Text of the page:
The completion date for the proposed Constitution Pipeline could be delayed as a result of environmental review timetable issued by federal regulators, a spokeswoman for the project developers acknowledged Friday.
Christopher Stockton, spokesman for Houston-based Williams Partners, the lead investor in the nearly $700-million project, said the in-service date for the natural gas transmission system could be delayed past the original March 2015 target date as a result of the review schedule of the Federal Energy Regulatory Commission.
While the target for getting the pipeline turned on remains March 2015, the projected wrap-up date remains under evaluation, he said in response to questions posed by The Daily Star.
His statement, along with an announcement by another investor in the project, Cabot Oil and Gas Corp., were the first public acknowledgements by the pipeline developers that the March 2015 completion date may not be achieved.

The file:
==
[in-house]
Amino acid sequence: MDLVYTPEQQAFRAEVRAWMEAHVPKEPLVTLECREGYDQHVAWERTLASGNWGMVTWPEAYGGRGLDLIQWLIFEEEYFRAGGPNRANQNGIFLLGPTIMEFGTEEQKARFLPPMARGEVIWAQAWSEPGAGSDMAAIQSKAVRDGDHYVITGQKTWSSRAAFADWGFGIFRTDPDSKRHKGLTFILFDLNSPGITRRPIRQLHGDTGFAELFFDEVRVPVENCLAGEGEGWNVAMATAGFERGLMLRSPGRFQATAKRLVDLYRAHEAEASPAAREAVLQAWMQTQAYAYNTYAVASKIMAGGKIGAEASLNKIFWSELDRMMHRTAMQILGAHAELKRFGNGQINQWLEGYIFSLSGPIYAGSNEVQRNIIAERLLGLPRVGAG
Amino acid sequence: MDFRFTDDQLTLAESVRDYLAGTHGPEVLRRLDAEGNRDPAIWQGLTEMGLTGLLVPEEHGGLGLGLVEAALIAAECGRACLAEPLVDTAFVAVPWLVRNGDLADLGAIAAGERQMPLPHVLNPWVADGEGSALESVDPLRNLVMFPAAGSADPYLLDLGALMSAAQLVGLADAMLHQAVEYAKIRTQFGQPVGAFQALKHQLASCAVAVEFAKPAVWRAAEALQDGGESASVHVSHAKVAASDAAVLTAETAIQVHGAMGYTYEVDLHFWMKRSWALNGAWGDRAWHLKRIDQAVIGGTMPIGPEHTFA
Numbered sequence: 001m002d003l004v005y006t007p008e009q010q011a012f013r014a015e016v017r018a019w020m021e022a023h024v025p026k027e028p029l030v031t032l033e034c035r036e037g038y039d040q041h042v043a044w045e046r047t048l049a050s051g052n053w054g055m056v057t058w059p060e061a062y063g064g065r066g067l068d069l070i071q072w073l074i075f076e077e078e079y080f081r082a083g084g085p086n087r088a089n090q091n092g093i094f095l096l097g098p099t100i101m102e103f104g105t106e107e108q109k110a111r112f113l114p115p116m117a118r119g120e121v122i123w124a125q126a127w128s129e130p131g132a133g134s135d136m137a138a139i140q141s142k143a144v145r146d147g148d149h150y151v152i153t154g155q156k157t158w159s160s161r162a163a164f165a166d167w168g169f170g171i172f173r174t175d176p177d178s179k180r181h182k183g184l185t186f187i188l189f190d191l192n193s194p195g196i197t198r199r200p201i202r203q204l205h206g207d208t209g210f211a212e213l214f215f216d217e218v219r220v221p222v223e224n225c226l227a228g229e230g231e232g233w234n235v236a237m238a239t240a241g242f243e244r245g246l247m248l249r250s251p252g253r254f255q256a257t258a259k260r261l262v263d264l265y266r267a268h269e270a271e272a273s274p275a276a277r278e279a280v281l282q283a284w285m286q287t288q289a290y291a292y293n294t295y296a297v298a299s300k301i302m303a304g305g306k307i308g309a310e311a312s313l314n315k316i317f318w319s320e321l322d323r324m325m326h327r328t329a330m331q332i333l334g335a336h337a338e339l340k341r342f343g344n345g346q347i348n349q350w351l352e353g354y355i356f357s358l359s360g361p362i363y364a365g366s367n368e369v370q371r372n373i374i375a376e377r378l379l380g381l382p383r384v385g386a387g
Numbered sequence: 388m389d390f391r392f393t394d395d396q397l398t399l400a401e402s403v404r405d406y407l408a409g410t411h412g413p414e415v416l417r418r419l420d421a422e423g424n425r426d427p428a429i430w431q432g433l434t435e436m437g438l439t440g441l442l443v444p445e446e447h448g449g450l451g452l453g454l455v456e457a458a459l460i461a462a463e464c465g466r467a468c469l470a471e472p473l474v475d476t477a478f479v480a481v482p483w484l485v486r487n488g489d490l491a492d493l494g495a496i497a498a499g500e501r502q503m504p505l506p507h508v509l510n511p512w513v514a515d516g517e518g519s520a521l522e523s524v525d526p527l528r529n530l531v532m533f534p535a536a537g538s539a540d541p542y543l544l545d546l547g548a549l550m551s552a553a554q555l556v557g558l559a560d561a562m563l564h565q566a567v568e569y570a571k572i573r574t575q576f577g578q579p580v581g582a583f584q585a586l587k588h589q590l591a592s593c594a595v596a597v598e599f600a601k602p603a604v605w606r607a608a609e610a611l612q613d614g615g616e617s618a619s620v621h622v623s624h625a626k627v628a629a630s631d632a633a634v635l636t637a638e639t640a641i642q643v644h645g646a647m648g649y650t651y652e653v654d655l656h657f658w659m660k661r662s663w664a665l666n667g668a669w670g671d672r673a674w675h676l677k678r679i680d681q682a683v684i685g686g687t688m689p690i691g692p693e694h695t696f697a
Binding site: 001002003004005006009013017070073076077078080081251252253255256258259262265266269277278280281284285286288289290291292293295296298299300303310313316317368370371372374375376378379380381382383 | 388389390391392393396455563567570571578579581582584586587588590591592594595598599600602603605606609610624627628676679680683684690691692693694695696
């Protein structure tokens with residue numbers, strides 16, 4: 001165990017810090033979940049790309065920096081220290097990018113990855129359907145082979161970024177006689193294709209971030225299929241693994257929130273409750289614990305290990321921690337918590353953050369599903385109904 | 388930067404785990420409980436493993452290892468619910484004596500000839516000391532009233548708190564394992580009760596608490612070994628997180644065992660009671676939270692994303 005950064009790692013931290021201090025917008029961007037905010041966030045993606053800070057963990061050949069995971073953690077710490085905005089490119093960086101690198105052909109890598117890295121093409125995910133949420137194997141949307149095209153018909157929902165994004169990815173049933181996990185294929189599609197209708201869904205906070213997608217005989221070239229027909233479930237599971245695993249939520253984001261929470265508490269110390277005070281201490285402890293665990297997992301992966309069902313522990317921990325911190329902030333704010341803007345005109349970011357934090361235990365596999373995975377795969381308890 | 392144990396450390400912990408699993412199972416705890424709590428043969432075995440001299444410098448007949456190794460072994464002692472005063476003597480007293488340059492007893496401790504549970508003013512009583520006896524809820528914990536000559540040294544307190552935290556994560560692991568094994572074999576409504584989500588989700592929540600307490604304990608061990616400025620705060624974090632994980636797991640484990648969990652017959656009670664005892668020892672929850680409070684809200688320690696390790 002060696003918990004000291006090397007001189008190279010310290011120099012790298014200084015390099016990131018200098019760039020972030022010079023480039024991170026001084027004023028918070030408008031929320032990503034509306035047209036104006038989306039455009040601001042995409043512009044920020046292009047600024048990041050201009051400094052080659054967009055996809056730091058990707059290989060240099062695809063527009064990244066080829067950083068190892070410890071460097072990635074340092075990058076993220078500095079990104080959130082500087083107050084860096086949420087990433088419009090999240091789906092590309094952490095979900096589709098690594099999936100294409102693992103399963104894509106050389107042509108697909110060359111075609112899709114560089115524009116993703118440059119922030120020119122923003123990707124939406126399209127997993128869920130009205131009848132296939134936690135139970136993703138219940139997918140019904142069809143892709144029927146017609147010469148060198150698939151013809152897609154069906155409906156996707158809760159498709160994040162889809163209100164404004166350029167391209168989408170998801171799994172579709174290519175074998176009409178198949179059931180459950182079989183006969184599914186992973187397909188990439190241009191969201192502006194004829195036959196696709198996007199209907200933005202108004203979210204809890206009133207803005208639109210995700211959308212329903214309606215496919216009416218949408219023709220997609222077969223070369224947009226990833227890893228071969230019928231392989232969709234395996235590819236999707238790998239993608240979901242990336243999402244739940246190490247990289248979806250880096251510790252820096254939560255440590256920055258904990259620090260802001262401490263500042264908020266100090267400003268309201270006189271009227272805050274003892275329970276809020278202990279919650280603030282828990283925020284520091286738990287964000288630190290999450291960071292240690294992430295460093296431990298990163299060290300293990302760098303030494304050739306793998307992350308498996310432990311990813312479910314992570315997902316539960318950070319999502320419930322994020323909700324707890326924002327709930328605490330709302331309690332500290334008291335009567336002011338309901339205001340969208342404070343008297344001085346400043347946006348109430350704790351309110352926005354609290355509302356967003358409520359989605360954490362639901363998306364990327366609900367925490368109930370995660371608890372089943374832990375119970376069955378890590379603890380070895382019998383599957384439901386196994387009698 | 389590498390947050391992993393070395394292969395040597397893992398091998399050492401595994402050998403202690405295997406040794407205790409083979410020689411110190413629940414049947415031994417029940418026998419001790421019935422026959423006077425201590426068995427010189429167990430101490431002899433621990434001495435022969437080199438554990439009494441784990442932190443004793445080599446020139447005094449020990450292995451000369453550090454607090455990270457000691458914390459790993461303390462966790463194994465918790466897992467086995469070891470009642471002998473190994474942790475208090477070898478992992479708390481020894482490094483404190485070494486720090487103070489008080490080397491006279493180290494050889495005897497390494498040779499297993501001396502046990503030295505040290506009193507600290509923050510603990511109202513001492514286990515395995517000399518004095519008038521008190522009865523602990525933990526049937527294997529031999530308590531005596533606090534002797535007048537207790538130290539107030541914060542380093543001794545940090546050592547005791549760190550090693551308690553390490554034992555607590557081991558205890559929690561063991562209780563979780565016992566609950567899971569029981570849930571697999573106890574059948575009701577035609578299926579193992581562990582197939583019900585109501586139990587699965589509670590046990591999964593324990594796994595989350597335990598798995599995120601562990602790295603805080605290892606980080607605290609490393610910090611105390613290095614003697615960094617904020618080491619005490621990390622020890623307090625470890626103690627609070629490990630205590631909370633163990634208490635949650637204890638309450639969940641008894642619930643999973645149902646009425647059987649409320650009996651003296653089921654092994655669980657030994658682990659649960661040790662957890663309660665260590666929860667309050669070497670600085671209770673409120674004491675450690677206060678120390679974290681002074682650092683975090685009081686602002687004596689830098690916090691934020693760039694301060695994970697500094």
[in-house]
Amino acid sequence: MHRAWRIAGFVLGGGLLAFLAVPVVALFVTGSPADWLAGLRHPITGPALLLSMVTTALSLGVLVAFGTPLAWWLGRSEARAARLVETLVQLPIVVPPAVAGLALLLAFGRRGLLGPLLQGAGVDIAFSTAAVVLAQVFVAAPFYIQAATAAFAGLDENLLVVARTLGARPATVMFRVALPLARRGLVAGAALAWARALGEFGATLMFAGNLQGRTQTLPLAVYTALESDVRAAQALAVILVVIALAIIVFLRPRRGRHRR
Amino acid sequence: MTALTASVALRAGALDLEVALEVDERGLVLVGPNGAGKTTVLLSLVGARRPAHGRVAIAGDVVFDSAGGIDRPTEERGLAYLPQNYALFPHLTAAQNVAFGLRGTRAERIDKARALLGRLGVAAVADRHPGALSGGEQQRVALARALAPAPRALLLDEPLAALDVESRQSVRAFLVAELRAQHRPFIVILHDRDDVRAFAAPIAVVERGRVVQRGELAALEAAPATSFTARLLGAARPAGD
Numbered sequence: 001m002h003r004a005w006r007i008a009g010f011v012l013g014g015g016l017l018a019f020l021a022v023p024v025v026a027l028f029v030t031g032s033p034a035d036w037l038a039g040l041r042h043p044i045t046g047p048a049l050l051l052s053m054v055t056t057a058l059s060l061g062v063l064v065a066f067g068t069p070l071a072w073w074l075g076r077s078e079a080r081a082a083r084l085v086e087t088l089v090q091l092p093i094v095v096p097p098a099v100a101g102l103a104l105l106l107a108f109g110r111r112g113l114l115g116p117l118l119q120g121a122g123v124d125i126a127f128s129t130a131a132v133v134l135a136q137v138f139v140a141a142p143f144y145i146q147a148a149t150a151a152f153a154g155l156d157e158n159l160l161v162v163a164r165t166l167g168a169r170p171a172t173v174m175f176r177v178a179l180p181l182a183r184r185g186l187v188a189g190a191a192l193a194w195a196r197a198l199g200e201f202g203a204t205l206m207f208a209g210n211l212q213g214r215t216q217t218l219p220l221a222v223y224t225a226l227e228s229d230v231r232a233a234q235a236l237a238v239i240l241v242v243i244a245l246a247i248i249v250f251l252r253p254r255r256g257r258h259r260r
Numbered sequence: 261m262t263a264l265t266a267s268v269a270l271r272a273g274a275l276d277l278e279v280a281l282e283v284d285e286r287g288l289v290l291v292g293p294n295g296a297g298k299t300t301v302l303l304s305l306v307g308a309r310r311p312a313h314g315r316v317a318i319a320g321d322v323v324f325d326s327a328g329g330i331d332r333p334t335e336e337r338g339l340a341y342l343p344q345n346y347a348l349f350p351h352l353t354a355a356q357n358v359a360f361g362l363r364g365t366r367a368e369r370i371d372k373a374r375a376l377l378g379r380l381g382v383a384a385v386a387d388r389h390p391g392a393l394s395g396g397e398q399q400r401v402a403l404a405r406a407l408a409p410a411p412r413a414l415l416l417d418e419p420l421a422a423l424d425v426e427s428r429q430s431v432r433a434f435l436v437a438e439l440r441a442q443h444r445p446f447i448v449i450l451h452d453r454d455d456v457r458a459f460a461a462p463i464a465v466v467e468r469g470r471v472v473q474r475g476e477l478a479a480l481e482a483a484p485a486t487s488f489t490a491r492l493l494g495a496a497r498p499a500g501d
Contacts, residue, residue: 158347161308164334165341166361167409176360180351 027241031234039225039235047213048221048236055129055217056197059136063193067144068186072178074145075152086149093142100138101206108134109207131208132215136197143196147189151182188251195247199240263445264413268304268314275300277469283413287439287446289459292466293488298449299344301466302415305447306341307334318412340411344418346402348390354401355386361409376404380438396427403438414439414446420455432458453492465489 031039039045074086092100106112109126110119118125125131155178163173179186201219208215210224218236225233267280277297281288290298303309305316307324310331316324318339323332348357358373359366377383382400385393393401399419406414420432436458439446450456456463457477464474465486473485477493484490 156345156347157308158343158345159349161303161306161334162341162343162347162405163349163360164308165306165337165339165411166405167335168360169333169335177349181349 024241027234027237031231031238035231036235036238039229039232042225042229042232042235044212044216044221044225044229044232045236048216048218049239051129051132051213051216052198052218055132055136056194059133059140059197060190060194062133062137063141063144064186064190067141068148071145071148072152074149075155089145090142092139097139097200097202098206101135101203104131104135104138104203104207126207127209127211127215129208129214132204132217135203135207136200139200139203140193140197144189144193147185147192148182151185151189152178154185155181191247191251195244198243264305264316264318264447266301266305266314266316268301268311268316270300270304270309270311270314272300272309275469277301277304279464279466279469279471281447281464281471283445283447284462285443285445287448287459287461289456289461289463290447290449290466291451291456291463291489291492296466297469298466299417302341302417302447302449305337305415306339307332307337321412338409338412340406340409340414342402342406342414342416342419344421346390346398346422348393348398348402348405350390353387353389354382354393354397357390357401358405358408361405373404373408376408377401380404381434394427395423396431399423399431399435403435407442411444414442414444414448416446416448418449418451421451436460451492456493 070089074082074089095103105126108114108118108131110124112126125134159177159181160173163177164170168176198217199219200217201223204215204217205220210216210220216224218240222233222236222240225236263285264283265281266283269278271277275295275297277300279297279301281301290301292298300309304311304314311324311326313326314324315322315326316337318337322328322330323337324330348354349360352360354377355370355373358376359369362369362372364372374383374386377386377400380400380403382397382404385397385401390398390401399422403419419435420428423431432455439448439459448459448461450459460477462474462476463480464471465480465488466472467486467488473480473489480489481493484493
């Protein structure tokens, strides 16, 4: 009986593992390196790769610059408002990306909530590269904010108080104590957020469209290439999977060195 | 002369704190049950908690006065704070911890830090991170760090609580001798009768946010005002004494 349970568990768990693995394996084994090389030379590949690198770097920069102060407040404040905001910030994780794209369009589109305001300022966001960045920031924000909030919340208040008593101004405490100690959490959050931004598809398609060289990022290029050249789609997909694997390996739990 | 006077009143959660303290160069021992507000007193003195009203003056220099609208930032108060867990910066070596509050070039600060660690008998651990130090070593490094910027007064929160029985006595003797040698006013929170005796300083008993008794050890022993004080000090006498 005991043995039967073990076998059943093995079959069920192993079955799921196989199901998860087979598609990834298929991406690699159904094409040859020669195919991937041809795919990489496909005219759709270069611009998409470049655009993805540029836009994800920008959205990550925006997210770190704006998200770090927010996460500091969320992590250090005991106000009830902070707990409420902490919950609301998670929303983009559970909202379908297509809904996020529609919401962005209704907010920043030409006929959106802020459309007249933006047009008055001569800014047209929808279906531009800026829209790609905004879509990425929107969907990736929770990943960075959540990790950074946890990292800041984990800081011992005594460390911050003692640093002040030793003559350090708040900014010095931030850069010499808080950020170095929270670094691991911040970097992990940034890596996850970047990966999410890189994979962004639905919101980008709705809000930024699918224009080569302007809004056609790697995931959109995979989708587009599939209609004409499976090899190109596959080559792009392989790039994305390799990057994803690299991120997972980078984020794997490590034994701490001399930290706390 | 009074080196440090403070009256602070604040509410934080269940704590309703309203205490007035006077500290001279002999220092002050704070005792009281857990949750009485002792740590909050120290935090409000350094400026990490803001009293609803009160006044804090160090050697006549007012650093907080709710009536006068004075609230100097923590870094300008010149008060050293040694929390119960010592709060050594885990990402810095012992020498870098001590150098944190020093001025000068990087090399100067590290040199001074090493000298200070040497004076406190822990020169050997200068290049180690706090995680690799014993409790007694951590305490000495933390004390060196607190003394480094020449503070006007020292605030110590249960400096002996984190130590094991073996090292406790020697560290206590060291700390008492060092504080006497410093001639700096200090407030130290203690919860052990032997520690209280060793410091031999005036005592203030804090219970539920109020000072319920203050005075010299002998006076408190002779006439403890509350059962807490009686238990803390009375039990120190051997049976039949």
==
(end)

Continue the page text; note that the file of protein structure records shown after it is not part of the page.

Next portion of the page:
In a Dec. 19 announcement, Cabot — which is heavily involved in hydraulic fracturing for shale gas in Pennsylvania — downplayed the impact on the company should the Constitution Pipeline be delayed.
“...Any delay in the timing of in-service will not affect Cabot’s anticipated production growth in 2015 due to our diversity of takeaway options and the ample amount of lead time we have to plan around any schedule changes,” Cabot said then.
The company added: “We will continue to evaluate all opportunities to add incremental takeaway capacity, regardless of whether the timing of Constitution Pipeline’s in-service date is altered.”
The proposed pipeline would cut a 124-mile swath across fields, farms and forests at it connects Pennsylvania drilling operations to existing pipelines in Schoharie County. The project has stirred up considerable opposition from landowners who have refused to allow the engineers to conduct land surveys. But many other owners have acquiesced to the request for land access, and some have signed contracts giving easement rights to the company.